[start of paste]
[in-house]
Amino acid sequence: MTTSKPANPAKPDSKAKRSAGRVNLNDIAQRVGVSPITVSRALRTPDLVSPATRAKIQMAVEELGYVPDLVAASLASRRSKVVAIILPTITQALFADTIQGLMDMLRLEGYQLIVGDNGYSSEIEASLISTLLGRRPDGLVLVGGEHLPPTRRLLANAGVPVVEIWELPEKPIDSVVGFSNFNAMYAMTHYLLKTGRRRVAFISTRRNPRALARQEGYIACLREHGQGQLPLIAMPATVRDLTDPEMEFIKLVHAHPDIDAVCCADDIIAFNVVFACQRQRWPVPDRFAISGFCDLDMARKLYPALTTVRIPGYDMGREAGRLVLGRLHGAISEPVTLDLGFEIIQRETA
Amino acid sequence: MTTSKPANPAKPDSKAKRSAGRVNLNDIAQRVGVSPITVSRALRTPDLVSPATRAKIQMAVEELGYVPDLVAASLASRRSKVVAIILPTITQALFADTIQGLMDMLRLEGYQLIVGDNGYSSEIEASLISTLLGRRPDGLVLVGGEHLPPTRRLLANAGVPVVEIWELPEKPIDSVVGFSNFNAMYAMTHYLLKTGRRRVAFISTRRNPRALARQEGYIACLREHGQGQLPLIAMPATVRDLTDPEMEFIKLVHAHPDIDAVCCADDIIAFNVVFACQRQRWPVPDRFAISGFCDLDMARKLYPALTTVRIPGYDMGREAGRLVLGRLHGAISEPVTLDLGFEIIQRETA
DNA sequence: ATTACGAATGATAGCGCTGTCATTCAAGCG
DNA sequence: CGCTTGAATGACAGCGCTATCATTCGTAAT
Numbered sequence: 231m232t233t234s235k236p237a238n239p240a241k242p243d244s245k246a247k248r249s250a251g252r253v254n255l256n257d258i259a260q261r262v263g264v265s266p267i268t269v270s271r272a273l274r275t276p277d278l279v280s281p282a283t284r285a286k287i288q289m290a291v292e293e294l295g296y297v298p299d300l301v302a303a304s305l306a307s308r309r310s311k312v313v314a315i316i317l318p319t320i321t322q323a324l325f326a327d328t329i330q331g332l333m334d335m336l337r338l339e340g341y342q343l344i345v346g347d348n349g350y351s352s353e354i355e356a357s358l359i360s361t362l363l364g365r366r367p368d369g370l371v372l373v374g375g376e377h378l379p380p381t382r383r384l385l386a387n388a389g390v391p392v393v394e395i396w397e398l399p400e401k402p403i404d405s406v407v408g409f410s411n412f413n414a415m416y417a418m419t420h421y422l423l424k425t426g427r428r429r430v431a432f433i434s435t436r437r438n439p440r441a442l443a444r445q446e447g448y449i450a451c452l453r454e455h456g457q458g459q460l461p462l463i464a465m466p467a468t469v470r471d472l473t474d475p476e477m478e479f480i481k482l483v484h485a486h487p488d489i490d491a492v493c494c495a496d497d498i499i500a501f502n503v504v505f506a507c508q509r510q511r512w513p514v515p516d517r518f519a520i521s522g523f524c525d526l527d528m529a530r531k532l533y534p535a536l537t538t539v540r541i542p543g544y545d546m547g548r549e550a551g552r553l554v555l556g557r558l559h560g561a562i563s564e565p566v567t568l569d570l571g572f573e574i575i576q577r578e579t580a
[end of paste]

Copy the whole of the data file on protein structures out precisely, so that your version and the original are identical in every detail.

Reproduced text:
[in-house]
Amino acid sequence: MTTSKPANPAKPDSKAKRSAGRVNLNDIAQRVGVSPITVSRALRTPDLVSPATRAKIQMAVEELGYVPDLVAASLASRRSKVVAIILPTITQALFADTIQGLMDMLRLEGYQLIVGDNGYSSEIEASLISTLLGRRPDGLVLVGGEHLPPTRRLLANAGVPVVEIWELPEKPIDSVVGFSNFNAMYAMTHYLLKTGRRRVAFISTRRNPRALARQEGYIACLREHGQGQLPLIAMPATVRDLTDPEMEFIKLVHAHPDIDAVCCADDIIAFNVVFACQRQRWPVPDRFAISGFCDLDMARKLYPALTTVRIPGYDMGREAGRLVLGRLHGAISEPVTLDLGFEIIQRETA
Amino acid sequence: MTTSKPANPAKPDSKAKRSAGRVNLNDIAQRVGVSPITVSRALRTPDLVSPATRAKIQMAVEELGYVPDLVAASLASRRSKVVAIILPTITQALFADTIQGLMDMLRLEGYQLIVGDNGYSSEIEASLISTLLGRRPDGLVLVGGEHLPPTRRLLANAGVPVVEIWELPEKPIDSVVGFSNFNAMYAMTHYLLKTGRRRVAFISTRRNPRALARQEGYIACLREHGQGQLPLIAMPATVRDLTDPEMEFIKLVHAHPDIDAVCCADDIIAFNVVFACQRQRWPVPDRFAISGFCDLDMARKLYPALTTVRIPGYDMGREAGRLVLGRLHGAISEPVTLDLGFEIIQRETA
DNA sequence: ATTACGAATGATAGCGCTGTCATTCAAGCG
DNA sequence: CGCTTGAATGACAGCGCTATCATTCGTAAT
Numbered sequence: 231m232t233t234s235k236p237a238n239p240a241k242p243d244s245k246a247k248r249s250a251g252r253v254n255l256n257d258i259a260q261r262v263g264v265s266p267i268t269v270s271r272a273l274r275t276p277d278l279v280s281p282a283t284r285a286k287i288q289m290a291v292e293e294l295g296y297v298p299d300l301v302a303a304s305l306a307s308r309r310s311k312v313v314a315i316i317l318p319t320i321t322q323a324l325f326a327d328t329i330q331g332l333m334d335m336l337r338l339e340g341y342q343l344i345v346g347d348n349g350y351s352s353e354i355e356a357s358l359i360s361t362l363l364g365r366r367p368d369g370l371v372l373v374g375g376e377h378l379p380p381t382r383r384l385l386a387n388a389g390v391p392v393v394e395i396w397e398l399p400e401k402p403i404d405s406v407v408g409f410s411n412f413n414a415m416y417a418m419t420h421y422l423l424k425t426g427r428r429r430v431a432f433i434s435t436r437r438n439p440r441a442l443a444r445q446e447g448y449i450a451c452l453r454e455h456g457q458g459q460l461p462l463i464a465m466p467a468t469v470r471d472l473t474d475p476e477m478e479f480i481k482l483v484h485a486h487p488d489i490d491a492v493c494c495a496d497d498i499i500a501f502n503v504v505f506a507c508q509r510q511r512w513p514v515p516d517r518f519a520i521s522g523f524c525d526l527d528m529a530r531k532l533y534p535a536l537t538t539v540r541i542p543g544y545d546m547g548r549e550a551g552r553l554v555l556g557r558l559h560g561a562i563s564e565p566v567t568l569d570l571g572f573e574i575i576q577r578e579t580a